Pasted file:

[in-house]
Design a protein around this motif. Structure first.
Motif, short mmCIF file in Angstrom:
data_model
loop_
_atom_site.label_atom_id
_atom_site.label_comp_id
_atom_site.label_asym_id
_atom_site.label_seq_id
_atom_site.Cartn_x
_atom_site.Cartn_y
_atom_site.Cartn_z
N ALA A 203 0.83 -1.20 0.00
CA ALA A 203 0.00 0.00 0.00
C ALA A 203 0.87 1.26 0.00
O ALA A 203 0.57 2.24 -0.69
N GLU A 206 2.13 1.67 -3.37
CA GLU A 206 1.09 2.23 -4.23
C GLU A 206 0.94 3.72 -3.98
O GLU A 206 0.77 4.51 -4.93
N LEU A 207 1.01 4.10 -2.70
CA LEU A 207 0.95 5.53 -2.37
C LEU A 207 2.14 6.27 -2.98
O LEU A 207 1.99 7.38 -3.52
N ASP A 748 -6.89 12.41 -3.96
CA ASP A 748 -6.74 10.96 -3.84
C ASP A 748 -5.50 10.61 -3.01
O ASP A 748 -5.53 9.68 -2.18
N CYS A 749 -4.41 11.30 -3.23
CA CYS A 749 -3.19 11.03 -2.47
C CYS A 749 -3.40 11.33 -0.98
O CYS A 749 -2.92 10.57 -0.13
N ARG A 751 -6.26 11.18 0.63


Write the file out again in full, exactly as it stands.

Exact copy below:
[in-house]
Design a protein around this motif. Structure first.
Motif, short mmCIF file in Angstrom:
data_model
loop_
_atom_site.label_atom_id
_atom_site.label_comp_id
_atom_site.label_asym_id
_atom_site.label_seq_id
_atom_site.Cartn_x
_atom_site.Cartn_y
_atom_site.Cartn_z
N ALA A 203 0.83 -1.20 0.00
CA ALA A 203 0.00 0.00 0.00
C ALA A 203 0.87 1.26 0.00
O ALA A 203 0.57 2.24 -0.69
N GLU A 206 2.13 1.67 -3.37
CA GLU A 206 1.09 2.23 -4.23
C GLU A 206 0.94 3.72 -3.98
O GLU A 206 0.77 4.51 -4.93
N LEU A 207 1.01 4.10 -2.70
CA LEU A 207 0.95 5.53 -2.37
C LEU A 207 2.14 6.27 -2.98
O LEU A 207 1.99 7.38 -3.52
N ASP A 748 -6.89 12.41 -3.96
CA ASP A 748 -6.74 10.96 -3.84
C ASP A 748 -5.50 10.61 -3.01
O ASP A 748 -5.53 9.68 -2.18
N CYS A 749 -4.41 11.30 -3.23
CA CYS A 749 -3.19 11.03 -2.47
C CYS A 749 -3.40 11.33 -0.98
O CYS A 749 -2.92 10.57 -0.13
N ARG A 751 -6.26 11.18 0.63